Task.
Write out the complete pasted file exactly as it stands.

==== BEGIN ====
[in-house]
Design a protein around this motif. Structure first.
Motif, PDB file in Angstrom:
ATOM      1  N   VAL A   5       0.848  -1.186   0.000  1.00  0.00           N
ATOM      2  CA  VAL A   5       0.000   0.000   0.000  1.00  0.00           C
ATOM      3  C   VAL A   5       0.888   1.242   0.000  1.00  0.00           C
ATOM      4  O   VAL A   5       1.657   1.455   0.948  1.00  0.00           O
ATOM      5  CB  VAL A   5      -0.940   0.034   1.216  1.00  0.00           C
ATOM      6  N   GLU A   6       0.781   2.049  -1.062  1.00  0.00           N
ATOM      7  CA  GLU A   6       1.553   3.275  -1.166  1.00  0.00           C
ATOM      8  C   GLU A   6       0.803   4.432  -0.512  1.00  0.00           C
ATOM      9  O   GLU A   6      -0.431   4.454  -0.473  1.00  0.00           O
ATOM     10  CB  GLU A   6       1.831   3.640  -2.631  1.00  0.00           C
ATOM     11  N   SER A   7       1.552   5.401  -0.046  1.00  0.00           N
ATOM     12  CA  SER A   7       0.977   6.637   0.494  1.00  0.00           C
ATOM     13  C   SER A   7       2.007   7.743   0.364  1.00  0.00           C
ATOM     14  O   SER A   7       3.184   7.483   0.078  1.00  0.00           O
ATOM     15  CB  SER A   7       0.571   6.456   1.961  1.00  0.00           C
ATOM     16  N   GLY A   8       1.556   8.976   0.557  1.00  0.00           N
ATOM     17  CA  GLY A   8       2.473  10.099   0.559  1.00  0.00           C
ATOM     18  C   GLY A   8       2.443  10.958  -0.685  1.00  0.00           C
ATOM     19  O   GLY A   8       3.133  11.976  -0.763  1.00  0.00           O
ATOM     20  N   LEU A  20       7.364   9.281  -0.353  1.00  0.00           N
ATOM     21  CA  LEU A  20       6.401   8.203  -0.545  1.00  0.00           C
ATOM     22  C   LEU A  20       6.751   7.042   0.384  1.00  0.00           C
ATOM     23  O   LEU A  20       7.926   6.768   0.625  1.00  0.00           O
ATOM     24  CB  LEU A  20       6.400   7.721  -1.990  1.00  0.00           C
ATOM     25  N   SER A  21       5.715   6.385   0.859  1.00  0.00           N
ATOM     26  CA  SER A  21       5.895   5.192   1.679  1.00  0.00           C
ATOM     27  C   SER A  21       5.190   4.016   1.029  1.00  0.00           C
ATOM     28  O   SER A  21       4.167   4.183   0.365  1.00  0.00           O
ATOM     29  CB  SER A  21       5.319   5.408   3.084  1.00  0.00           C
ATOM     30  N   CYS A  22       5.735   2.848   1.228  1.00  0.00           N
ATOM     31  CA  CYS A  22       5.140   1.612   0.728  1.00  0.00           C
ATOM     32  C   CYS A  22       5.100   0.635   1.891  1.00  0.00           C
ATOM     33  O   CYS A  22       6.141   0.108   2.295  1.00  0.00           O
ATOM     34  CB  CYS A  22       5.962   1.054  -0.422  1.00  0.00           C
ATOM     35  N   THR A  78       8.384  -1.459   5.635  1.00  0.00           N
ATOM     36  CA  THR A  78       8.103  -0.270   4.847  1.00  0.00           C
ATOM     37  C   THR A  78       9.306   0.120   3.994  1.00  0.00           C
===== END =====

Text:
[in-house]
Design a protein around this motif. Structure first.
Motif, PDB file in Angstrom:
ATOM      1  N   VAL A   5       0.848  -1.186   0.000  1.00  0.00           N
ATOM      2  CA  VAL A   5       0.000   0.000   0.000  1.00  0.00           C
ATOM      3  C   VAL A   5       0.888   1.242   0.000  1.00  0.00           C
ATOM      4  O   VAL A   5       1.657   1.455   0.948  1.00  0.00           O
ATOM      5  CB  VAL A   5      -0.940   0.034   1.216  1.00  0.00           C
ATOM      6  N   GLU A   6       0.781   2.049  -1.062  1.00  0.00           N
ATOM      7  CA  GLU A   6       1.553   3.275  -1.166  1.00  0.00           C
ATOM      8  C   GLU A   6       0.803   4.432  -0.512  1.00  0.00           C
ATOM      9  O   GLU A   6      -0.431   4.454  -0.473  1.00  0.00           O
ATOM     10  CB  GLU A   6       1.831   3.640  -2.631  1.00  0.00           C
ATOM     11  N   SER A   7       1.552   5.401  -0.046  1.00  0.00           N
ATOM     12  CA  SER A   7       0.977   6.637   0.494  1.00  0.00           C
ATOM     13  C   SER A   7       2.007   7.743   0.364  1.00  0.00           C
ATOM     14  O   SER A   7       3.184   7.483   0.078  1.00  0.00           O
ATOM     15  CB  SER A   7       0.571   6.456   1.961  1.00  0.00           C
ATOM     16  N   GLY A   8       1.556   8.976   0.557  1.00  0.00           N
ATOM     17  CA  GLY A   8       2.473  10.099   0.559  1.00  0.00           C
ATOM     18  C   GLY A   8       2.443  10.958  -0.685  1.00  0.00           C
ATOM     19  O   GLY A   8       3.133  11.976  -0.763  1.00  0.00           O
ATOM     20  N   LEU A  20       7.364   9.281  -0.353  1.00  0.00           N
ATOM     21  CA  LEU A  20       6.401   8.203  -0.545  1.00  0.00           C
ATOM     22  C   LEU A  20       6.751   7.042   0.384  1.00  0.00           C
ATOM     23  O   LEU A  20       7.926   6.768   0.625  1.00  0.00           O
ATOM     24  CB  LEU A  20       6.400   7.721  -1.990  1.00  0.00           C
ATOM     25  N   SER A  21       5.715   6.385   0.859  1.00  0.00           N
ATOM     26  CA  SER A  21       5.895   5.192   1.679  1.00  0.00           C
ATOM     27  C   SER A  21       5.190   4.016   1.029  1.00  0.00           C
ATOM     28  O   SER A  21       4.167   4.183   0.365  1.00  0.00           O
ATOM     29  CB  SER A  21       5.319   5.408   3.084  1.00  0.00           C
ATOM     30  N   CYS A  22       5.735   2.848   1.228  1.00  0.00           N
ATOM     31  CA  CYS A  22       5.140   1.612   0.728  1.00  0.00           C
ATOM     32  C   CYS A  22       5.100   0.635   1.891  1.00  0.00           C
ATOM     33  O   CYS A  22       6.141   0.108   2.295  1.00  0.00           O
ATOM     34  CB  CYS A  22       5.962   1.054  -0.422  1.00  0.00           C
ATOM     35  N   THR A  78       8.384  -1.459   5.635  1.00  0.00           N
ATOM     36  CA  THR A  78       8.103  -0.270   4.847  1.00  0.00           C
ATOM     37  C   THR A  78       9.306   0.120   3.994  1.00  0.00           C